A Simulationist's Framework
for Business Analysis

Part 02:

Framework Introduction

R.P. Churchill

Lean Six Sigma Black Belt

www.rpchurchill.com | Portfolio | Presentations
30 Years of Simulation

Continuous simulation of the heating of a square billet and Discrete-Event simulation of a multi-phase process.
30 Years of Simulation


  • Paper (Chemical/Process)
  • Nuclear (Power Generation)
  • Metals (Steel, Non-Ferrous)
  • HVAC (Building Control)
  • Insurance, Banking, Legal
  • Security, Inspections
  • Passenger Processing
  • Medical Facilities
  • Evacuations
  • Area Control
  • Threat Response
  • Logistics, Supply
  • Maintenance and Reliability
  • Staff Level Determination
  • Fleet Management



  • Design and Sizing
  • Operations Research
  • Real-Time Control
  • Operator Training
  • Risk Analysis
  • Economic Analysis
  • Impact Analysis
  • Process Improvement (BPR)

Architectural Considerations

  • Continuous vs. Discrete-Event
  • Interactive vs. Fire-and-Forget
  • Real-Time vs. Non-Real-Time
  • Single-Platform vs. Distributed
  • Deterministic vs. Stochastic
Where Do We Start?

Before my nervous system decided to depart for Pago Pago, I did swing dancing for over fifteen years. My favorite dance within that genre all grows out of a simple basic step I could tech you in five minutes. (Learn something about its history through parts one, two, three, four, and five.)

Back in the day, people could tell what high school you went to by the way you did your basic.

Individuals and groups solve problems in different ways, driven by their experience and preferences, and also by the nature of the problem and its potential solutions.

There are a zillion different ways of doing things, and you can spend a lifetime getting better, adding variations, and doing all the other things possible in a dance, but we have to start somewhere.

I'm going to show you one business analysis "basic," which is based on my many decades of building and employing computer simulations.

Here Is Our "Somewhere"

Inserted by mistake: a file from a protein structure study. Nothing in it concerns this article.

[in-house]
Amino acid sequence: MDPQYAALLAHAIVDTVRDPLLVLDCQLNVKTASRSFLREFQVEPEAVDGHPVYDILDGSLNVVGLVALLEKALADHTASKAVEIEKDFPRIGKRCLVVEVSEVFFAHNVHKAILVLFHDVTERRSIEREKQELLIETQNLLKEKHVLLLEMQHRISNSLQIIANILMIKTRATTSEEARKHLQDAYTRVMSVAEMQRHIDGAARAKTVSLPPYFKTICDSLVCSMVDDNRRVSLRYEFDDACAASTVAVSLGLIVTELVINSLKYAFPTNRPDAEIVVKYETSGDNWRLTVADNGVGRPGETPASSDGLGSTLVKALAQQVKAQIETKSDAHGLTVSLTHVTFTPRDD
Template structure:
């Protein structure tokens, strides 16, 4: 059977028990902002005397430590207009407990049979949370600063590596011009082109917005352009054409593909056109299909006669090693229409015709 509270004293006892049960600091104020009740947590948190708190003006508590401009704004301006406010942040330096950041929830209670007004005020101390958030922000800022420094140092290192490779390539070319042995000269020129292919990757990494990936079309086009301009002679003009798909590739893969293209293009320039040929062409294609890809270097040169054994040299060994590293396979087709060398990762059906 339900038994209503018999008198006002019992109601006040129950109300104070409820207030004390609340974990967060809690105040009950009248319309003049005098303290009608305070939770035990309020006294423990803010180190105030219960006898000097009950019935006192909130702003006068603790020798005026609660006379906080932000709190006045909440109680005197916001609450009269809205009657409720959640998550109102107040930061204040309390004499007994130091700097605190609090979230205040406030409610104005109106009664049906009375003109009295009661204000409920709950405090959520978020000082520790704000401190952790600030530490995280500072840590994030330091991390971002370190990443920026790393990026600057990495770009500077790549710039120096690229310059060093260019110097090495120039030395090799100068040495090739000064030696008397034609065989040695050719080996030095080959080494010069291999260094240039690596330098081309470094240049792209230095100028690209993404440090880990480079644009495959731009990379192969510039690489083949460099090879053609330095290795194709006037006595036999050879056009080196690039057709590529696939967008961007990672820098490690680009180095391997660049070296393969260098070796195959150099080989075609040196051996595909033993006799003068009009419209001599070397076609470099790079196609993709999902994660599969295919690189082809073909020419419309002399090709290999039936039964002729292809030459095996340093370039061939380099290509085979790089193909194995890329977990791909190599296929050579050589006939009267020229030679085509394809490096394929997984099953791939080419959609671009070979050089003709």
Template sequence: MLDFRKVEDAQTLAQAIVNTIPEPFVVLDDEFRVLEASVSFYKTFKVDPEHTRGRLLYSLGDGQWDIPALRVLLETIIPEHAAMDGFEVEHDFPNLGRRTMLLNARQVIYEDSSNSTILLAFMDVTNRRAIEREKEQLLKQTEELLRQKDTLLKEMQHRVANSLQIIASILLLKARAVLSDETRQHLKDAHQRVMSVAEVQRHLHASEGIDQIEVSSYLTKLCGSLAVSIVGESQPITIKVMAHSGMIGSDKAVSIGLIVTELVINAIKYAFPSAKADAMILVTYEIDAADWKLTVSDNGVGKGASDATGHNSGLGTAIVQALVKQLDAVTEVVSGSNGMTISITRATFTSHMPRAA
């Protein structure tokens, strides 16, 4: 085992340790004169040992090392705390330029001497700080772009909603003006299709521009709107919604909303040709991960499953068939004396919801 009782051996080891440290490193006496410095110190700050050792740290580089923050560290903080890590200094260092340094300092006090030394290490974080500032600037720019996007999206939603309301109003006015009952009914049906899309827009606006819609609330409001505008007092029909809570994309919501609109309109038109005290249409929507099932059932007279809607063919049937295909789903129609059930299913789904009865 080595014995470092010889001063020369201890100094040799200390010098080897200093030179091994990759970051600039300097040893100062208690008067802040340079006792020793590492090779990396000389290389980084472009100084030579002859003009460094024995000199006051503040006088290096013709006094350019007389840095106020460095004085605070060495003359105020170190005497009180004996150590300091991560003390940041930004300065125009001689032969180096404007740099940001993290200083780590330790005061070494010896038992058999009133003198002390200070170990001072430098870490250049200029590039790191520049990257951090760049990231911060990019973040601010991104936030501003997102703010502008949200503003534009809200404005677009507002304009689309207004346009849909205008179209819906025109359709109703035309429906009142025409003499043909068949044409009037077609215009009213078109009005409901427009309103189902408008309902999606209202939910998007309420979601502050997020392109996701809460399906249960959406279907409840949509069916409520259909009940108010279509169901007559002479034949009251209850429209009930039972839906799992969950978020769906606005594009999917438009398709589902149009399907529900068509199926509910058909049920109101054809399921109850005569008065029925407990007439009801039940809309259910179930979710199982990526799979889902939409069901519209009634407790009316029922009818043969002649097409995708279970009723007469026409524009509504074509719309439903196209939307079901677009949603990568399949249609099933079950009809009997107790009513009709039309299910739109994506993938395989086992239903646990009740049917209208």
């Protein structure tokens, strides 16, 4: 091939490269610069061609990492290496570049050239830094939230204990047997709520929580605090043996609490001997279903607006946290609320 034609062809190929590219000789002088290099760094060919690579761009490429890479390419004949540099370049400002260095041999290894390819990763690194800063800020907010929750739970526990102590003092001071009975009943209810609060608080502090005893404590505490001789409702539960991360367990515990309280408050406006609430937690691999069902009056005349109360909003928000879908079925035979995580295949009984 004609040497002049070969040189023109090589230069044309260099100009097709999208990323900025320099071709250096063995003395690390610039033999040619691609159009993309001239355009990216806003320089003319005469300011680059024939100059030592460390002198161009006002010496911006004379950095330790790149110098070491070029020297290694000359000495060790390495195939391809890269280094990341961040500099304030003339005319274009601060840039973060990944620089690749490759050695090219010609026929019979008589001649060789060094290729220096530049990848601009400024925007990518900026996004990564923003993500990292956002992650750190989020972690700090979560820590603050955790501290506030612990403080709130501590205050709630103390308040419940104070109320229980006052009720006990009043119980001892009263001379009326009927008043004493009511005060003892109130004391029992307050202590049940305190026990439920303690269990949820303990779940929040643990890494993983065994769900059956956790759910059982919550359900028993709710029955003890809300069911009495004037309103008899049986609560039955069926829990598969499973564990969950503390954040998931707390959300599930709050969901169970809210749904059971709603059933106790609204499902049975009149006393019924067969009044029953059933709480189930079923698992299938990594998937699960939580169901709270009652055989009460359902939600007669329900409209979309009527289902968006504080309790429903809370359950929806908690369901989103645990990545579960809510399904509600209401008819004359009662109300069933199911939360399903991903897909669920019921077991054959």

For this initial discussion, we're going to talk about the process of building a simulation of a system that already exists.

The simulation will be used to improve the operation of the existing system.

The system does not have to be real-time or interactive.

The existing system is a process consisting of multiple steps (think of a flowchart, possibly with branches), and not a single entity.

Who Is Going To Be Involved?

The process I describe can be done alone, but most work of any scale will involve groups.

Working with multiple people and groups involves communication — and empathy.

Define terms. Learn how to speak each other's language.

Understand that you won't get it right the first time. Listen, document, review, correct. Repeat this process until all parties reach agreement.

Analysis and solution happen within a managed environment of limited resources. Understand the context and how to generate the best results.

1. Figure Out What You Want the Simulation To Do

There are many reasons to write and run simulations. I listed some industries and applications on the third page.

Simulations have to provide some kind of value, or else there is no reason to build them.

The simulation has to be accurate enough to be meaningful. Remember that all simulations are wrong; some are useful.

The use(s) of the simulation may be expanded, limited, or otherwise modified as more is learned through the process.

2. Understand the Thing You're Going to Simulate

Discover what the existing system does, what components make it up, and the actions that take place within it. These are your nouns and verbs.

  • Most systems have components that do standard kinds of things.
  • Different industries and systems will employ standard kinds of components.
  • There are many ways to do discovery. Use all of them that work.

Collect the data that characterize the system. These are your adjectives and adverbs.

  • Data come in infinite varieties and quantities, but they have some characteristics in common.
  • Learn what the data all mean. Document everything.
  • There are many ways to do data collection. Use all of them that work.
  • The data may be messy. Figure out how to make it usable or handle the mess.
3. Identify What the Stakeholders, Users, and Solution Need

The organization has needs, customers have needs, users have needs, and designers and analysts have needs.

The solution may have needs of its own. We may learn about those needs at any point in the process, but the earlier we know, the easier it will likely be to make allowances.